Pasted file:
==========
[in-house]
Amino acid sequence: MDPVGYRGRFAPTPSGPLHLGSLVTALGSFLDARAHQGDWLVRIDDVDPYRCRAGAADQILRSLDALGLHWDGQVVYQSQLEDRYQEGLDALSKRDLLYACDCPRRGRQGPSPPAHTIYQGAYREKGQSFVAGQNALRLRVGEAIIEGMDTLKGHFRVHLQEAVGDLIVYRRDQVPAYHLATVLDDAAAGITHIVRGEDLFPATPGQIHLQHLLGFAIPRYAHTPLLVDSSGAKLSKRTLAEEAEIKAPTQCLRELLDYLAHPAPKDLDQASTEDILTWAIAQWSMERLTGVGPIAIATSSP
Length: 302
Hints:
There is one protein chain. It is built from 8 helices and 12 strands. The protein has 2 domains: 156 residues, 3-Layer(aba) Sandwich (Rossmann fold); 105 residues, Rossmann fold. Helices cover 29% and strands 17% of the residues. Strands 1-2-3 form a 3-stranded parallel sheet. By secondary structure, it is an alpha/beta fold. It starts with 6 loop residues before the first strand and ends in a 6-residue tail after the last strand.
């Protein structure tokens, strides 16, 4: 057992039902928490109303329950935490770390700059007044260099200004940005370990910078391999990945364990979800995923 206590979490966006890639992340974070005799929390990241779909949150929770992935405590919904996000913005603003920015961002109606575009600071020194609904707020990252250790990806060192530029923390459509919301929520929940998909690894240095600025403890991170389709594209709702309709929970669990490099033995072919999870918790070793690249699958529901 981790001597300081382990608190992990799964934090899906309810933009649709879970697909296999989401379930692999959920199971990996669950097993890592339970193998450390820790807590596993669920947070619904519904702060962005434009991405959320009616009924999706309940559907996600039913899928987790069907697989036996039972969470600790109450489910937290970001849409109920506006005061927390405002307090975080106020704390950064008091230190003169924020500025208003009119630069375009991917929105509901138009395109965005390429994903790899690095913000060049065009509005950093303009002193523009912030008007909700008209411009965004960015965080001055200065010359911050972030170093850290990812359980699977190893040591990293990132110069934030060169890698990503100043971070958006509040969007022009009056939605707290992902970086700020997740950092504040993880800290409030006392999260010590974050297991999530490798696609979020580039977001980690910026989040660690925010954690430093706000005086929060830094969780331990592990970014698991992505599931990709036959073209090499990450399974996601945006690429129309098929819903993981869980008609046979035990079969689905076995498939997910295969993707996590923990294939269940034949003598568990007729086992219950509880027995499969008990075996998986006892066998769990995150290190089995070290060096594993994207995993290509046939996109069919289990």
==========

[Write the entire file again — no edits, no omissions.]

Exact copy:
[in-house]
Amino acid sequence: MDPVGYRGRFAPTPSGPLHLGSLVTALGSFLDARAHQGDWLVRIDDVDPYRCRAGAADQILRSLDALGLHWDGQVVYQSQLEDRYQEGLDALSKRDLLYACDCPRRGRQGPSPPAHTIYQGAYREKGQSFVAGQNALRLRVGEAIIEGMDTLKGHFRVHLQEAVGDLIVYRRDQVPAYHLATVLDDAAAGITHIVRGEDLFPATPGQIHLQHLLGFAIPRYAHTPLLVDSSGAKLSKRTLAEEAEIKAPTQCLRELLDYLAHPAPKDLDQASTEDILTWAIAQWSMERLTGVGPIAIATSSP
Length: 302
Hints:
There is one protein chain. It is built from 8 helices and 12 strands. The protein has 2 domains: 156 residues, 3-Layer(aba) Sandwich (Rossmann fold); 105 residues, Rossmann fold. Helices cover 29% and strands 17% of the residues. Strands 1-2-3 form a 3-stranded parallel sheet. By secondary structure, it is an alpha/beta fold. It starts with 6 loop residues before the first strand and ends in a 6-residue tail after the last strand.
């Protein structure tokens, strides 16, 4: 057992039902928490109303329950935490770390700059007044260099200004940005370990910078391999990945364990979800995923 206590979490966006890639992340974070005799929390990241779909949150929770992935405590919904996000913005603003920015961002109606575009600071020194609904707020990252250790990806060192530029923390459509919301929520929940998909690894240095600025403890991170389709594209709702309709929970669990490099033995072919999870918790070793690249699958529901 981790001597300081382990608190992990799964934090899906309810933009649709879970697909296999989401379930692999959920199971990996669950097993890592339970193998450390820790807590596993669920947070619904519904702060962005434009991405959320009616009924999706309940559907996600039913899928987790069907697989036996039972969470600790109450489910937290970001849409109920506006005061927390405002307090975080106020704390950064008091230190003169924020500025208003009119630069375009991917929105509901138009395109965005390429994903790899690095913000060049065009509005950093303009002193523009912030008007909700008209411009965004960015965080001055200065010359911050972030170093850290990812359980699977190893040591990293990132110069934030060169890698990503100043971070958006509040969007022009009056939605707290992902970086700020997740950092504040993880800290409030006392999260010590974050297991999530490798696609979020580039977001980690910026989040660690925010954690430093706000005086929060830094969780331990592990970014698991992505599931990709036959073209090499990450399974996601945006690429129309098929819903993981869980008609046979035990079969689905076995498939997910295969993707996590923990294939269940034949003598568990007729086992219950509880027995499969008990075996998986006892066998769990995150290190089995070290060096594993994207995993290509046939996109069919289990």